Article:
Who dat? Well, anyone who had little ones 50 or so years ago (holy crap I'm old) would recognize this guy as Shel Silverstein, or as he was sometimes known, Uncle Shelby. He's the fellow who wrote the books, "Where the Sidewalk Ends", "The Giving Tree" and "A Giraffe and a Half" for example. One of my favourites is, "Uncle Shelby's ABZ's". Much of what he wrote was particularly beloved by children (and their parents) but he wrote adult things as well.
He was something of a renaissance man, illustrating and writing short stories, poetry and books. But are you aware that he also wrote music? (some of my favourite Dr. Hook and the Medicine Show songs were written by him. Also on his list of accomplishments were several plays: "Abandon all hope", "All Cotton" and "Blind Willie and the Talking Dog" for example. He was a singular talent with an amazing mind.
I mostly adored Shel Silverstein's stuff. And why wouldn't I? He made us think at the same time that he delighted, informed, educated and entertained people of all ages for a very long time which is an amazing legacy to leave behind. I was a huge fan. Anything he wrote, Everything he created, I was on board with. Until I read the following Shel Silverstein quote: "There are no happy endings. Endings are the saddest part." I disagree.
Well I somewhat disagree. I disagree with conditions. Yes it is true that Some ends are sad, I will admit that. Can't really argue it. I've cried often enought to prove the truth of it. But not all endings are sad. His quote makes a poor blanket statement.
Not all endings are sad. There, I've said it. And I stand behind it.
Here are two examples:
Last week, I 'graduated' from Physical Therapy. Woohoo! They have taught me well, given me the tools I need to get back to my old self which means that it's now up to me to finish the job. But my time at PT, my weekly visits and torture session have come to an end. Everyone there was absolutely wonderful, I learned so much and I was pleased with every minute of it. (well almost every minute, pain is pain, right?) BUT my time there has come to an end. And I am happy to wave good-bye to that chapter of my life. Here is the tee-shirt they gave me as a graduation present. Wasn't that a nice surprise?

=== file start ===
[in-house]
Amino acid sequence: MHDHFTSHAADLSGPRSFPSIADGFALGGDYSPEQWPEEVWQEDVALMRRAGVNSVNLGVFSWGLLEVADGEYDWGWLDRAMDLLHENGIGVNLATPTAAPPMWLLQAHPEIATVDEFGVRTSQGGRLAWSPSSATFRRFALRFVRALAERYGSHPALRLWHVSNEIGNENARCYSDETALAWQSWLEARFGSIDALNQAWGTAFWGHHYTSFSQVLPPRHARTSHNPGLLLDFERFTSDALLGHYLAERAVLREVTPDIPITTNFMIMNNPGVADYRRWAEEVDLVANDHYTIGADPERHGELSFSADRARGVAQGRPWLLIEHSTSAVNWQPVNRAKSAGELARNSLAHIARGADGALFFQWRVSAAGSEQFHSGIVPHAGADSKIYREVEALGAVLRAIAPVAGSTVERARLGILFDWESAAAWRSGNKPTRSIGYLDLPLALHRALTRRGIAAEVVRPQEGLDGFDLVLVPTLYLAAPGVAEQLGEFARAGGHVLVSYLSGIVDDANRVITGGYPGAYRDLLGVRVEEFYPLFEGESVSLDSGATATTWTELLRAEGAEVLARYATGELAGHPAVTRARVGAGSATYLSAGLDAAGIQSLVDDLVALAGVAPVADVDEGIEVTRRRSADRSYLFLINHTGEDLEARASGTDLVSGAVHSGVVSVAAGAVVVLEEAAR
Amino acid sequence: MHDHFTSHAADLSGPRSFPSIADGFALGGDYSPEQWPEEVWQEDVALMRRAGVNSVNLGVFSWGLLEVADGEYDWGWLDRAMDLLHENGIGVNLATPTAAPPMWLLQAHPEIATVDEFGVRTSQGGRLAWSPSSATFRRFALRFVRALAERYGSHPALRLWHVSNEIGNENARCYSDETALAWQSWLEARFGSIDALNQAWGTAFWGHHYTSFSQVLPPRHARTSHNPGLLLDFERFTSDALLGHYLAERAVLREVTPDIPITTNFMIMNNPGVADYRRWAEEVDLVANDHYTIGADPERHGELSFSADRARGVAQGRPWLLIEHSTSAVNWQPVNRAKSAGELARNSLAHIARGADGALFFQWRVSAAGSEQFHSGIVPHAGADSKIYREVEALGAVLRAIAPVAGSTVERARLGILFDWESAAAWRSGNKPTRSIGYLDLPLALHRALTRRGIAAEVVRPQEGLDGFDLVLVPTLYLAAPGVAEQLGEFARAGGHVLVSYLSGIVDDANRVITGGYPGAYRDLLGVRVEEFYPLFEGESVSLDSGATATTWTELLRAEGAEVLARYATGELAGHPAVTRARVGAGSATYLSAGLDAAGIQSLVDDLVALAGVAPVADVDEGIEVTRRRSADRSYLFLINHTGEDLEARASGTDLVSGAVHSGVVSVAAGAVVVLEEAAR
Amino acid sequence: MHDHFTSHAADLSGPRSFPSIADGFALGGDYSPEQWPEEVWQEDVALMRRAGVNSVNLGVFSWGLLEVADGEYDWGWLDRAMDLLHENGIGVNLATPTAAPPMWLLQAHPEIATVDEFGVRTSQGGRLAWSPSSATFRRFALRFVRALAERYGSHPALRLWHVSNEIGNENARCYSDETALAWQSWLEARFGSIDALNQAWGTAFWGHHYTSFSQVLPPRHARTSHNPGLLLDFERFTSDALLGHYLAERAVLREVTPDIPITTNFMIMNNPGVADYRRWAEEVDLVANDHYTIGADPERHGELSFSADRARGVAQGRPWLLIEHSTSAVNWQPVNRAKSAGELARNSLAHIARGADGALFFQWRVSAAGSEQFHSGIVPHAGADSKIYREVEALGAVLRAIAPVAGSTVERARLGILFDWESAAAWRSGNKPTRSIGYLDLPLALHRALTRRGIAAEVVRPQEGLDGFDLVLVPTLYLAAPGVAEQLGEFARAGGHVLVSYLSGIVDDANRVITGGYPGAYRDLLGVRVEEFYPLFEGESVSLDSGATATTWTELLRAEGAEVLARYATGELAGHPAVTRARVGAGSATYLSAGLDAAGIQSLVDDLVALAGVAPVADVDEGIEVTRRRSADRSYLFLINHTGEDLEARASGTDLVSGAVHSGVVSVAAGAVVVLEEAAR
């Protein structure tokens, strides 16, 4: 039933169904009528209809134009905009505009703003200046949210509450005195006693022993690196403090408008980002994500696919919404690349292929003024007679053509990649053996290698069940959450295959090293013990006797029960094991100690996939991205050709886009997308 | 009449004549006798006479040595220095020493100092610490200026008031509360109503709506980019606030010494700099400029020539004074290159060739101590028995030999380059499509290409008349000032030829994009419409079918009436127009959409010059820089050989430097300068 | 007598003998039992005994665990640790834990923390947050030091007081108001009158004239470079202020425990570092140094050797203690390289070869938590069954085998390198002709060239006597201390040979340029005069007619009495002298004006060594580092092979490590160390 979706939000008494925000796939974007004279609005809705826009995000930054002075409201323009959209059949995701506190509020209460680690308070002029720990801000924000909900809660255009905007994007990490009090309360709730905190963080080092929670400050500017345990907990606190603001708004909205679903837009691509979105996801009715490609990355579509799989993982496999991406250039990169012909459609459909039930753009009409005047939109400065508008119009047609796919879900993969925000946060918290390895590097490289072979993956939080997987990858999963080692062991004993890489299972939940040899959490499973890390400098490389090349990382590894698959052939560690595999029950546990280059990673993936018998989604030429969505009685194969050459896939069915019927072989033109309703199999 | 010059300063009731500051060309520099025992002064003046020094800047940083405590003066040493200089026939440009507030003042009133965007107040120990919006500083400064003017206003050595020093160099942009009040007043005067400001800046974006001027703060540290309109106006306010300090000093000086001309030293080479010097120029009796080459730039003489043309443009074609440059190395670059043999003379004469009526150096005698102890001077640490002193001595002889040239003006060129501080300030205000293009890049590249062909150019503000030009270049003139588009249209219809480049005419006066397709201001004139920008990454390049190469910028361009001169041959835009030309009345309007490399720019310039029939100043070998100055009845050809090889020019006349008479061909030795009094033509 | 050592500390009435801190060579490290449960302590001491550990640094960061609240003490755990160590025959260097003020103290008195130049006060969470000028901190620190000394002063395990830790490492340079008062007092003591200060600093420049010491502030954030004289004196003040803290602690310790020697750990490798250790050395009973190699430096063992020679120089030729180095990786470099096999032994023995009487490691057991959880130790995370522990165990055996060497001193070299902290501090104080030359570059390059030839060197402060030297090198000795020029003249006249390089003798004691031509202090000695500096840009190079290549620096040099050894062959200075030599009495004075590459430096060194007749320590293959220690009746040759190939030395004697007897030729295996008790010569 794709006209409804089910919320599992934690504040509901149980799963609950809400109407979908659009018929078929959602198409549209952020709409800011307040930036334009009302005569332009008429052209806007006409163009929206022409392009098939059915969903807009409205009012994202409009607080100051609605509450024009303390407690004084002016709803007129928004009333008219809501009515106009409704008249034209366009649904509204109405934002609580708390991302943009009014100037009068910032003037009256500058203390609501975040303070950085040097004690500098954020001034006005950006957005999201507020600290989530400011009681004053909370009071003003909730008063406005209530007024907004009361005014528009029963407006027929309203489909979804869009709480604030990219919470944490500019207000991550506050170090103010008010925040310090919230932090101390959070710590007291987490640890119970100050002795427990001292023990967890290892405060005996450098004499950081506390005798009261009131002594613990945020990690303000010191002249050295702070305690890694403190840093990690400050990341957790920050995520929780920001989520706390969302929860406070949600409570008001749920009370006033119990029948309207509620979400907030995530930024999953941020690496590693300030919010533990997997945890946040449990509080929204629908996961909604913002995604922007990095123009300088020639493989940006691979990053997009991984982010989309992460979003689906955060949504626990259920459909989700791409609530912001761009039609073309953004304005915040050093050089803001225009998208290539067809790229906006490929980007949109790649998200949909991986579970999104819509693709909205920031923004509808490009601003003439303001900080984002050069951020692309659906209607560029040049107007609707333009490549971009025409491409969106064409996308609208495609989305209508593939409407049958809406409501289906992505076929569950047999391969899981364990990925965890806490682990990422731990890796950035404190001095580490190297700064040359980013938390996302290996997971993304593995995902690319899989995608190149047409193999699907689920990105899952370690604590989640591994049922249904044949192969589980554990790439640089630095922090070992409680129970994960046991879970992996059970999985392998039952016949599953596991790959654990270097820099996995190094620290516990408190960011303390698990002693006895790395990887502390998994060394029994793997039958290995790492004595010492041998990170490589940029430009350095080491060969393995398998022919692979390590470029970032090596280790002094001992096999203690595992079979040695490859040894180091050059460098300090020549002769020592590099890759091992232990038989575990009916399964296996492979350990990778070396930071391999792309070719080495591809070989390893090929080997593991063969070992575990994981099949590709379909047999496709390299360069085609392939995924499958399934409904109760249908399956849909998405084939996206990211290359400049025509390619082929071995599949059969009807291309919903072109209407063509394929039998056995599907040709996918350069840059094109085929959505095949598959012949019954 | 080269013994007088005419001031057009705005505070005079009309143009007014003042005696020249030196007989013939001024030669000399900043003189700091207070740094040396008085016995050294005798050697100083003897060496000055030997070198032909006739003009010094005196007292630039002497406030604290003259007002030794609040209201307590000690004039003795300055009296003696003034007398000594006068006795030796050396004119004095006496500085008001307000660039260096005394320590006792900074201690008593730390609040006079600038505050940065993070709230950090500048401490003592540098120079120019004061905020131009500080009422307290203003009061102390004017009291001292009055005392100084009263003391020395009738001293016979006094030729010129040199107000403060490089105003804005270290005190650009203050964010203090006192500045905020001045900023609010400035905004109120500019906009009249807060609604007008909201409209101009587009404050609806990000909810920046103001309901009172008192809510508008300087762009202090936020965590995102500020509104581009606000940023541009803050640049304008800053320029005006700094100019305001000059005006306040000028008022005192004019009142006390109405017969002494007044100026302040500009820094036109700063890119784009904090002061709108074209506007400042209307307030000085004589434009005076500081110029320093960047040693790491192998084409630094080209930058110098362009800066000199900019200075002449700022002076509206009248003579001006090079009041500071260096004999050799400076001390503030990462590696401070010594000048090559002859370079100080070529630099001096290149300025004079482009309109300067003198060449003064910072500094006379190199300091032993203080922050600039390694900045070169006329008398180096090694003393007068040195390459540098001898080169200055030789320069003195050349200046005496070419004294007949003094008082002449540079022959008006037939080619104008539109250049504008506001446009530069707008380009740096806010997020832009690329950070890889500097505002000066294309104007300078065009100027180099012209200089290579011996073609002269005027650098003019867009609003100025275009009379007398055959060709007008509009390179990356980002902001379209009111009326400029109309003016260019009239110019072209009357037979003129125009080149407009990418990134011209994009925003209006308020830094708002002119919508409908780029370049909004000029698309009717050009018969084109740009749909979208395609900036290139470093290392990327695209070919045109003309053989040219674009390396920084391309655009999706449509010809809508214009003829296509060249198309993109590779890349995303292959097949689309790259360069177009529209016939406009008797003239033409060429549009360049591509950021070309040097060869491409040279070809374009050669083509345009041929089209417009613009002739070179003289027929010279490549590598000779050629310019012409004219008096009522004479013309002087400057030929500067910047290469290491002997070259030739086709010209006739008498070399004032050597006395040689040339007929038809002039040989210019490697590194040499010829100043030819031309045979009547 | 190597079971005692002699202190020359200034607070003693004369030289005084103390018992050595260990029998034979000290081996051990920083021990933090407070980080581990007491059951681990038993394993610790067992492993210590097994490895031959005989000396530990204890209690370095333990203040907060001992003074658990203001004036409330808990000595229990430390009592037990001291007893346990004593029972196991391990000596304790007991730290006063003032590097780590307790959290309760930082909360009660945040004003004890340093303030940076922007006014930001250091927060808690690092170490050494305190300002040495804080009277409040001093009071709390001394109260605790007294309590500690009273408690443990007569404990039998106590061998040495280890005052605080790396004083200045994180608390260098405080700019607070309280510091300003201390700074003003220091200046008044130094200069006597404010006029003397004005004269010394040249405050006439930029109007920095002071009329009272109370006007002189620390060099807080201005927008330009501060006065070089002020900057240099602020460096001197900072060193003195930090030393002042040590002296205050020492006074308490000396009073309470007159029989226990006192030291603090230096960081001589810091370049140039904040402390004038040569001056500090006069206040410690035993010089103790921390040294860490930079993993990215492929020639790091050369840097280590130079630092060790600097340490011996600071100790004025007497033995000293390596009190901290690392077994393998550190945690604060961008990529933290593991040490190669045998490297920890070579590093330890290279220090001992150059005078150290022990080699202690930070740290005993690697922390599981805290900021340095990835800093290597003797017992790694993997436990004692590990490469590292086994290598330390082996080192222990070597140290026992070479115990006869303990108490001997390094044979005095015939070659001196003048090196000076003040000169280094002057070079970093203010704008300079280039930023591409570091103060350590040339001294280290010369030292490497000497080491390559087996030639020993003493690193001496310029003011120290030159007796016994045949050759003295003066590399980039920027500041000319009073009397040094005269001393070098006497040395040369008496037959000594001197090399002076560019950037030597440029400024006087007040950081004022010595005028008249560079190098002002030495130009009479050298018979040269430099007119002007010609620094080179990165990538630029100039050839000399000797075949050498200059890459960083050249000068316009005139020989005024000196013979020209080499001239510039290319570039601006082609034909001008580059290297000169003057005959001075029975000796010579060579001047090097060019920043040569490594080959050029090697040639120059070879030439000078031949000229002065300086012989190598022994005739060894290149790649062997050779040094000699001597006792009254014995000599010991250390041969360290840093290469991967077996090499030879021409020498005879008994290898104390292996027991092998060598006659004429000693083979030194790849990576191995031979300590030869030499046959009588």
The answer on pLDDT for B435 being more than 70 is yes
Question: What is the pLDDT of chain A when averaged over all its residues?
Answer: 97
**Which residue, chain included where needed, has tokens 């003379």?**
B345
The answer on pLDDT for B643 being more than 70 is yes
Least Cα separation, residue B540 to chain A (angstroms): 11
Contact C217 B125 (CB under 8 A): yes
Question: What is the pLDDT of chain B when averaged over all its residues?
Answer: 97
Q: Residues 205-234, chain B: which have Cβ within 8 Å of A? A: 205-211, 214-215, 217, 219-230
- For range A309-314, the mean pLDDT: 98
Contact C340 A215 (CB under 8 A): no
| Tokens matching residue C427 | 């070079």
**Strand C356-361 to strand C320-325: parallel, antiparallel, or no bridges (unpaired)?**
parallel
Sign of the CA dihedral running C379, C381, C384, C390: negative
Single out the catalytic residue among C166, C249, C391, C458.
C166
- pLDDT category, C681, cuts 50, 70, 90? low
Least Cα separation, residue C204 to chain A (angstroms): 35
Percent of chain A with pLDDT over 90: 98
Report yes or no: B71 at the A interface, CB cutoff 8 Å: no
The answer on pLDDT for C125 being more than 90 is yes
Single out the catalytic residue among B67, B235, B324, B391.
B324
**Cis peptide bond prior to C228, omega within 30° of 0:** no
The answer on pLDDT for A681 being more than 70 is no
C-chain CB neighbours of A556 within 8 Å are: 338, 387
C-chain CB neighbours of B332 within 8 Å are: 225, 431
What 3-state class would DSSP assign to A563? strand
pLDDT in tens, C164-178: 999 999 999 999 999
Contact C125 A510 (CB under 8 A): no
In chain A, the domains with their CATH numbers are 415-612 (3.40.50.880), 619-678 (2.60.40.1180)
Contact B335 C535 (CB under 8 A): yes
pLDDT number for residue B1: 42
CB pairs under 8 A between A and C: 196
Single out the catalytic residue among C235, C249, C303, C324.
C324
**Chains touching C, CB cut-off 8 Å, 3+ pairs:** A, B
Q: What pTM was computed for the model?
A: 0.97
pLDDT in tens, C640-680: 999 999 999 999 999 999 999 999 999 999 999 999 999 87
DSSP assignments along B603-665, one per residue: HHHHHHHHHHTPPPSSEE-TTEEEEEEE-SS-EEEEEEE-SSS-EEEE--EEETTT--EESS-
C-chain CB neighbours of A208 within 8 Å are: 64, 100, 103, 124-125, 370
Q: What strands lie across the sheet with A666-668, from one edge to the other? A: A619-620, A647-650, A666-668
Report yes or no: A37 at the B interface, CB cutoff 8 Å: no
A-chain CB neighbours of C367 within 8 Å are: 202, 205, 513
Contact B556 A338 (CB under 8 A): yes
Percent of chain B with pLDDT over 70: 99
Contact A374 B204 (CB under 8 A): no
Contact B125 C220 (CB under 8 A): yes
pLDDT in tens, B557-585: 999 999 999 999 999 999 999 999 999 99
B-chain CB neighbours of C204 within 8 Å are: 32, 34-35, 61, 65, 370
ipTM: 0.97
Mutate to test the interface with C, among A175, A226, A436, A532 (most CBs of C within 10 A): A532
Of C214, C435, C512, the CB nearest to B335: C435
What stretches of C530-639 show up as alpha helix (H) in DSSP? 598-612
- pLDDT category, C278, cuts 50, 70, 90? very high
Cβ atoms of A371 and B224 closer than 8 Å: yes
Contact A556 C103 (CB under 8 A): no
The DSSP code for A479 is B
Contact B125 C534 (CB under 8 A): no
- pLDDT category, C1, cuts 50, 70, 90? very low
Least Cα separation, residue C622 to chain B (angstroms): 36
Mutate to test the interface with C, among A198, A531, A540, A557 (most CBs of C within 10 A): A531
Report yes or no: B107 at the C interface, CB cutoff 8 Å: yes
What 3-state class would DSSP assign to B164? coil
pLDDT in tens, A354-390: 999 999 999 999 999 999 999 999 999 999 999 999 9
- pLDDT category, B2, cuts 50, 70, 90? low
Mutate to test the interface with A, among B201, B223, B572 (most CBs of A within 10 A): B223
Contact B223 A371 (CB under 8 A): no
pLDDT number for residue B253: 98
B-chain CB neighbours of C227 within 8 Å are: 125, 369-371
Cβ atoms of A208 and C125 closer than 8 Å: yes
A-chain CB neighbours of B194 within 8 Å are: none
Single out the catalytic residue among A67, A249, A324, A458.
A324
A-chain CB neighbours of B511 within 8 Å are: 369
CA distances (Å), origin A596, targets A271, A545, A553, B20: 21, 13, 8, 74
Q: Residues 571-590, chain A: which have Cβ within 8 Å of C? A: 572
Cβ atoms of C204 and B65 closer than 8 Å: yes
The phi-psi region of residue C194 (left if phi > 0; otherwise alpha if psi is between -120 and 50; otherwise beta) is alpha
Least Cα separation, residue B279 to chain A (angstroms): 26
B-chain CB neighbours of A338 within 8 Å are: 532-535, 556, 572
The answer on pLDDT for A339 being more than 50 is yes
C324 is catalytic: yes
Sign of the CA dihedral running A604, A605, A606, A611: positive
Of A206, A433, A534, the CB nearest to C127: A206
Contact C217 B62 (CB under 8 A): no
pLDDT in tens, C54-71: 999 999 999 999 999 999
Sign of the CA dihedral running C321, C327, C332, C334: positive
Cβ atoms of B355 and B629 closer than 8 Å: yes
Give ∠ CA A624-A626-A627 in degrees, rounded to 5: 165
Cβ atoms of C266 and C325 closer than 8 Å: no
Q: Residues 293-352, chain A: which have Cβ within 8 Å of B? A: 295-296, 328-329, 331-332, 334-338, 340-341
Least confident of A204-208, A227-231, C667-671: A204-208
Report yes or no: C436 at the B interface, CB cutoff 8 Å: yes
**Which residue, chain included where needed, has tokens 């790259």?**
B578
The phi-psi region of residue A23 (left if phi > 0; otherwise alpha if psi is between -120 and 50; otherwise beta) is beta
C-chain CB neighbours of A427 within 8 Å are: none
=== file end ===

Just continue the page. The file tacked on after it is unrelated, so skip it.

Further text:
Here's another example:
Over this past weekend we had a dumpster brought in so that we could finally FINALLY get rid of all of the leftover construction related crap that the builders left behind in multiple piles all over the dang yard. ARGH! We finally got to a point in the work in the project room where we do not need anything in any of those piles. Nor will we be adding any additional large crap to any of the piles. The small bits of work left in the project room are slow and time consuming but do not create big ungainly debris. (only small unattractive debris which is easily incorporated into the weekly garbage pick up).
So the dumpser was delivered late last week and Sunday was spent incorporating all of those piles of rubble and rubbish into one big pile in the dumpster! We dealt with dirt and nails and splinters and bugs and spiders and one seriously PO'd snake to say nothing of just the sweat and strain of the job. But it's done. It's over. The dumpster people hauled it all away yesterday and there is nothing left but the memory. I could not be happier about that particular ending.
And that's just two examples off the top of my head. I know that there are loads of others. And while yes, I agree, in general that endings can be sad (the end of a bag of M&M's is a very sad moment) sometimes, endings are not only not sad, but happy and very satisfying.
This one time, Mr. Silverstein, I must disagree with you. Just the one time mind you. The rest of the time you are absolutely correct.
Oh and something else to keep in mind, The end of everything is the beginning of something else. And beginnings are, quite often, very good things.
Yup, this is me. Some people said, "Sam, you should write a Blog". "Well, there's a thought", I thought to myself. And so here it is.